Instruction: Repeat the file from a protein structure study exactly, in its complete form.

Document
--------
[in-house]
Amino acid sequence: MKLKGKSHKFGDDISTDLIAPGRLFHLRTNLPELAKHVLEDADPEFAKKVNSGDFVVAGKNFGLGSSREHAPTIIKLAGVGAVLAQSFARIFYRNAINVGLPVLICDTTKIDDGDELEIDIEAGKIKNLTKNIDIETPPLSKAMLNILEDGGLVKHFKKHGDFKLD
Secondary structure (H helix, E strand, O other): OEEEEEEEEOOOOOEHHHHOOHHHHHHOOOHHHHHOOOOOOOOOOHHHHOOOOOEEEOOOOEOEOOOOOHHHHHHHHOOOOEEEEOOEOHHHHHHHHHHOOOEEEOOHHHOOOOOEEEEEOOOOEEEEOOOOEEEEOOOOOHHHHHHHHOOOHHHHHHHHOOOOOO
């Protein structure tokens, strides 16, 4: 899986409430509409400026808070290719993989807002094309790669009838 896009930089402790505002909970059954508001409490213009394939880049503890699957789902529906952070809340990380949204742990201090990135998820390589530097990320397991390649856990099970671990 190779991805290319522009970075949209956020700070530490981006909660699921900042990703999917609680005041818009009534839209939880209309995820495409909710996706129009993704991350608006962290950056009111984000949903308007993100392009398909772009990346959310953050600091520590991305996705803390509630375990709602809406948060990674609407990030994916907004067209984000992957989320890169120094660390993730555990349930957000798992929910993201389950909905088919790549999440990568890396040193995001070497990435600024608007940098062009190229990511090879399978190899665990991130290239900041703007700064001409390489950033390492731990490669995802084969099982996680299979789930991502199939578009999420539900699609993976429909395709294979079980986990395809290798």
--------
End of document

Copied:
[in-house]
Amino acid sequence: MKLKGKSHKFGDDISTDLIAPGRLFHLRTNLPELAKHVLEDADPEFAKKVNSGDFVVAGKNFGLGSSREHAPTIIKLAGVGAVLAQSFARIFYRNAINVGLPVLICDTTKIDDGDELEIDIEAGKIKNLTKNIDIETPPLSKAMLNILEDGGLVKHFKKHGDFKLD
Secondary structure (H helix, E strand, O other): OEEEEEEEEOOOOOEHHHHOOHHHHHHOOOHHHHHOOOOOOOOOOHHHHOOOOOEEEOOOOEOEOOOOOHHHHHHHHOOOOEEEEOOEOHHHHHHHHHHOOOEEEOOHHHOOOOOEEEEEOOOOEEEEOOOOEEEEOOOOOHHHHHHHHOOOHHHHHHHHOOOOOO
């Protein structure tokens, strides 16, 4: 899986409430509409400026808070290719993989807002094309790669009838 896009930089402790505002909970059954508001409490213009394939880049503890699957789902529906952070809340990380949204742990201090990135998820390589530097990320397991390649856990099970671990 190779991805290319522009970075949209956020700070530490981006909660699921900042990703999917609680005041818009009534839209939880209309995820495409909710996706129009993704991350608006962290950056009111984000949903308007993100392009398909772009990346959310953050600091520590991305996705803390509630375990709602809406948060990674609407990030994916907004067209984000992957989320890169120094660390993730555990349930957000798992929910993201389950909905088919790549999440990568890396040193995001070497990435600024608007940098062009190229990511090879399978190899665990991130290239900041703007700064001409390489950033390492731990490669995802084969099982996680299979789930991502199939578009999420539900699609993976429909395709294979079980986990395809290798």